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This Tech Gave the ALS Ice Bucket Challenge’s Co-Founder His Own Voice Back After He’d Lost It

Melbourne Attempts World Record Ice Bucket ChallengeMelbourne Attempts World Record Ice Bucket Challenge
Participants in the ALS Ice Bucket challenge. Photograph by Scott Barbour — Getty Images

Amyotrophic lateral sclerosis, commonly called ALS or Lou Gehrig’s disease, is a devastating, degenerative neurological disorder. Its cruelties include robbing patients of activities we often take for granted, like walking, eating, talking, and even breathing. But a new tech initiative could help restore ALS patients’ most personal attributes: Their very voices.

On Thursday, the ALS Association announced it was launching “Project Revoice.” Under the effort, ALS patients can record their voices while they still can in a process called “voice banking”—a protective measure so that they may still speak in their own voices, through a computer, long after their disease has eaten away at that ability. (Recently deceased physicist Stephen Hawking famously spoke through a digitized voice with a computer that detected slight twitches in his facial muscles and translated them into speech.)

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The project’s launch featured a prominent ALS patient and research advocate: Pat Quinn, co-founder of the ALS Ice Bucket Challenge, an initially-derided social media stunt that went on to raise hundreds of millions of dollars for ALS research and may have spurred important new discoveries about the disease’s genetic roots. Quinn lost his own voice long ago—but Project Revoice recreated it for him.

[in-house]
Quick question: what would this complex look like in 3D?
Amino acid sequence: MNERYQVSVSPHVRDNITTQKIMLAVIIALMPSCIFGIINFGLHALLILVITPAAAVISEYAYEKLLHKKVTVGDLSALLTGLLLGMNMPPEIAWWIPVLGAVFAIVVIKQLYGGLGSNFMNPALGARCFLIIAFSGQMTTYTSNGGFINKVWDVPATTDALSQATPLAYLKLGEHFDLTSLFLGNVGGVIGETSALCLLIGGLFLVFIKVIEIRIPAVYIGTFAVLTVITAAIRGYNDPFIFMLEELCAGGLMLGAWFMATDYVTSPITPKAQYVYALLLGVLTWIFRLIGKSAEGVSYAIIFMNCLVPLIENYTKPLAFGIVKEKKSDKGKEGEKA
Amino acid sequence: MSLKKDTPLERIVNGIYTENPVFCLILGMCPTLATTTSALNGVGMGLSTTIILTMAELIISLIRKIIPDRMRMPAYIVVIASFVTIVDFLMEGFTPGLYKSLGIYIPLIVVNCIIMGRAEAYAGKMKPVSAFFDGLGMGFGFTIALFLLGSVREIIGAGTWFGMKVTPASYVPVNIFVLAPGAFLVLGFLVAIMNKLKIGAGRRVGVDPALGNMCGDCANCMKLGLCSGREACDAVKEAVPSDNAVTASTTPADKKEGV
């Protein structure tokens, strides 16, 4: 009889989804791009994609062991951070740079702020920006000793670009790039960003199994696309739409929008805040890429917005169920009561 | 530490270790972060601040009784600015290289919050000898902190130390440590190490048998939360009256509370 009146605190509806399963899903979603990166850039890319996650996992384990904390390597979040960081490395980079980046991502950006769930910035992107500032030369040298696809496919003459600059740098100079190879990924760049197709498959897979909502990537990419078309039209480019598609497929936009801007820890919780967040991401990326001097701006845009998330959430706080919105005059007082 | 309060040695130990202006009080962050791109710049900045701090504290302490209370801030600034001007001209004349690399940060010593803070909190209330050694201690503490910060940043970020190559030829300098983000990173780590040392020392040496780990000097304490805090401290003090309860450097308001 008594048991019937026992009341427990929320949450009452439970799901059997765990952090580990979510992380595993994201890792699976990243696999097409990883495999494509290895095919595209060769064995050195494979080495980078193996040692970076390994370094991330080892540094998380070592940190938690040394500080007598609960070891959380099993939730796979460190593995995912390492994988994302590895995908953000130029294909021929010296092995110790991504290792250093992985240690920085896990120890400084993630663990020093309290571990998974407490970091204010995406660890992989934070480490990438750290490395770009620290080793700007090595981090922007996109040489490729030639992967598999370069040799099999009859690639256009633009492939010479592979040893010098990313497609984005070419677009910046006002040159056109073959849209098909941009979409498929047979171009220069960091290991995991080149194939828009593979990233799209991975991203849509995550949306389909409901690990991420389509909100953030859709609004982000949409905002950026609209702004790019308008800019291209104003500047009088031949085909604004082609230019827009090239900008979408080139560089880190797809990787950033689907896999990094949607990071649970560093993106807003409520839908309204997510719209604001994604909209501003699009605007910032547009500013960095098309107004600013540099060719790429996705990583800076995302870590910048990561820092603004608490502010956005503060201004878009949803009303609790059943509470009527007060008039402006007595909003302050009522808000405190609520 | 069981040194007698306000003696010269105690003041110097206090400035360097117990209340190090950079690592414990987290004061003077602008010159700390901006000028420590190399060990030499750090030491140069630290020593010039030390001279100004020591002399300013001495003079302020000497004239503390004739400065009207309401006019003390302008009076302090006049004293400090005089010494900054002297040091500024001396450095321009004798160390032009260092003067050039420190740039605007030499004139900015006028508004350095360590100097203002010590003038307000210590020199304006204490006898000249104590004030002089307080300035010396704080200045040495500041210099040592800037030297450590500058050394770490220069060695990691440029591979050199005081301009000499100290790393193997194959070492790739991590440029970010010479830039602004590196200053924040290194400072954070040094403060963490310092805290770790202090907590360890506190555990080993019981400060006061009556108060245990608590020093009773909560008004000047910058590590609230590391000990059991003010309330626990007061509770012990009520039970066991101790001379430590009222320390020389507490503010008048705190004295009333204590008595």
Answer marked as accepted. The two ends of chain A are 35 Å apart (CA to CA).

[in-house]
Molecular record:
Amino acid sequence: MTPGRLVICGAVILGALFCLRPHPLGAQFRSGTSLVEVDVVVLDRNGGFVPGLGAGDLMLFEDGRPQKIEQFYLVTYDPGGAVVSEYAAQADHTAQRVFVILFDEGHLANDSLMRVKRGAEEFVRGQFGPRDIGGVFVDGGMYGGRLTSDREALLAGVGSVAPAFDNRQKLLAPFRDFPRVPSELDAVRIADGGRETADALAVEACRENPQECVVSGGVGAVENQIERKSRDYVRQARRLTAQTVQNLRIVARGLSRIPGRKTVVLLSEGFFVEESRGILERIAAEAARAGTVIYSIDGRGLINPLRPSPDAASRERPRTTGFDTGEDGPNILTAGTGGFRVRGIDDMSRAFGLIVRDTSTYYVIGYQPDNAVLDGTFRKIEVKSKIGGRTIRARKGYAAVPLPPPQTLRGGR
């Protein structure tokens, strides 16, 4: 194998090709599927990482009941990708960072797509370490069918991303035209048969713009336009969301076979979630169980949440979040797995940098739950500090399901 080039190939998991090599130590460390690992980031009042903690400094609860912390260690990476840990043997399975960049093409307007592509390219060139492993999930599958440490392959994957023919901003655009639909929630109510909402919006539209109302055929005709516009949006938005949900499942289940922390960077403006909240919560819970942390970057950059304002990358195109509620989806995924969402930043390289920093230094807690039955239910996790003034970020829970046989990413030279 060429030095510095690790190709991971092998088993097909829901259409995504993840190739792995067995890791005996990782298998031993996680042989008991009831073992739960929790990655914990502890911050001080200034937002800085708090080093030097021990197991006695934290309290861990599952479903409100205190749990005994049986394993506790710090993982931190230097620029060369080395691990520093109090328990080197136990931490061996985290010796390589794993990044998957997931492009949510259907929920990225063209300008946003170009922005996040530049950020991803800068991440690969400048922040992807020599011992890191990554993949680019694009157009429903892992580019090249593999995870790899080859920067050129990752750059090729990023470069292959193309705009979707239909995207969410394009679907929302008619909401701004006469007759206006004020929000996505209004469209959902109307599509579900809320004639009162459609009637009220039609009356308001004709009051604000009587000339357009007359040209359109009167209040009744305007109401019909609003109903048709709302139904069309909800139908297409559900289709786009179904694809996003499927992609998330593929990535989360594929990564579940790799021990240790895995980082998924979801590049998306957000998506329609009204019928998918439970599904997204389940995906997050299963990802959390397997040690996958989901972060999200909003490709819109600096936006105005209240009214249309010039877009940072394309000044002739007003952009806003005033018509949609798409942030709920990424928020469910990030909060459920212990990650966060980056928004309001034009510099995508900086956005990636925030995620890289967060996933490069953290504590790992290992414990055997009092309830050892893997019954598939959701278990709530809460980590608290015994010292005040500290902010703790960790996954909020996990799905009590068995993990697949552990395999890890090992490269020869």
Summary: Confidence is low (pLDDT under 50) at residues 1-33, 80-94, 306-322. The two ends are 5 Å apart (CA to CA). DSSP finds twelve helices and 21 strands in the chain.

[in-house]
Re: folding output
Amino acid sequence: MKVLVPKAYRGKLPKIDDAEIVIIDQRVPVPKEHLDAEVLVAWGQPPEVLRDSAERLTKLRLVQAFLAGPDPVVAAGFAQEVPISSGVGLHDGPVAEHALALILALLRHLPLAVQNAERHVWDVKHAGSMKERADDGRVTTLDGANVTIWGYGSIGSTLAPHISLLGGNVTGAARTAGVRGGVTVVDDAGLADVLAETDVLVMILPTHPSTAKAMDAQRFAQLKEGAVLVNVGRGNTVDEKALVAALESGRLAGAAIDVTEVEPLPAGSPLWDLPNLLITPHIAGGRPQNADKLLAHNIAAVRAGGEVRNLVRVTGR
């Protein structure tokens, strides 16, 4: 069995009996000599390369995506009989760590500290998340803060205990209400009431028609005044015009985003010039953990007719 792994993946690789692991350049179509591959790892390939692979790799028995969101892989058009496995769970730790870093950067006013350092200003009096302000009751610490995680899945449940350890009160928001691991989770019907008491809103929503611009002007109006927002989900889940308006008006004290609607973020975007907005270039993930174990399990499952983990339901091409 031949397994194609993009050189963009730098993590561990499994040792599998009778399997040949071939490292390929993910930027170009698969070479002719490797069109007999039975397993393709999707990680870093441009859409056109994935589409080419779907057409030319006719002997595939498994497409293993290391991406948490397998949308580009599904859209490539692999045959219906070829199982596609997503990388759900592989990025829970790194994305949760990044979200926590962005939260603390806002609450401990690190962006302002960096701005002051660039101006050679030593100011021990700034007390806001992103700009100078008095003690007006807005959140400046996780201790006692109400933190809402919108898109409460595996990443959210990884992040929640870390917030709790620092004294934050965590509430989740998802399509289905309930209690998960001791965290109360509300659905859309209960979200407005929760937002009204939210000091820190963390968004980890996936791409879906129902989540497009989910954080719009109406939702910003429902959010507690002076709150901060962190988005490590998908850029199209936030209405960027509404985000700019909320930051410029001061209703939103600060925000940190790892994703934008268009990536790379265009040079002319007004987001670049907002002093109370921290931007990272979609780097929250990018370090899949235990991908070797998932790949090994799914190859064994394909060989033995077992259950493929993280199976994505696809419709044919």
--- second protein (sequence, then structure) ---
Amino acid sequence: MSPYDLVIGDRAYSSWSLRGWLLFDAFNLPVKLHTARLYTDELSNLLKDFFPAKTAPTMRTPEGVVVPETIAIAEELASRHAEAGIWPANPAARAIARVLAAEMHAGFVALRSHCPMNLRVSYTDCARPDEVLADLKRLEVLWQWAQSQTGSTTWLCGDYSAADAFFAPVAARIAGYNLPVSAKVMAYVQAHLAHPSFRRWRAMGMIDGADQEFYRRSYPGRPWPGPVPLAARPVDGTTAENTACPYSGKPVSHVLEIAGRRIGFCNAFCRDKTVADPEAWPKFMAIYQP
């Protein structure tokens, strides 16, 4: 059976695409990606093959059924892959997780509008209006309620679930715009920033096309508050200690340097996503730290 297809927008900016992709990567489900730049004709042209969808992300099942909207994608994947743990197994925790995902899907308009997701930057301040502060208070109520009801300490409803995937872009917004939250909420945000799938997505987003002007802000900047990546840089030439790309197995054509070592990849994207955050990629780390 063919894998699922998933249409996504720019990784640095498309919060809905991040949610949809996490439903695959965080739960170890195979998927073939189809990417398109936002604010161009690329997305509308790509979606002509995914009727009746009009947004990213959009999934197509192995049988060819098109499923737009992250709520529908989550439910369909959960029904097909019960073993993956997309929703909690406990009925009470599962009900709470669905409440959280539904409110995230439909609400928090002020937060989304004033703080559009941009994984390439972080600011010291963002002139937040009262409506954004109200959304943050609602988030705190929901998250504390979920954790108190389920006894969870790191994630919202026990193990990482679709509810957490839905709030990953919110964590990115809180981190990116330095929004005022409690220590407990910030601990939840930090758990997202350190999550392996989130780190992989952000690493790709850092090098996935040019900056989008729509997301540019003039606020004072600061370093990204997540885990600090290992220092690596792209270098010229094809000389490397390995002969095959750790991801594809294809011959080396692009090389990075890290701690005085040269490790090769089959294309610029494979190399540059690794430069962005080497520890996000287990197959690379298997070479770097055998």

“Pat did not record (or bank) his voice before ALS robbed him of his ability to speak, but using footage from his many Ice Bucket Challenge interviews, Project Revoice was able to clone his voice,” the group said. “This takes speech tech to a whole new level and means everything to how I communicate,” added Quinn himself, who also used the tech to speak to friends and family with his own voice. “I really didn’t like to hear my old computer voice, so I often avoided getting involved in conversations.”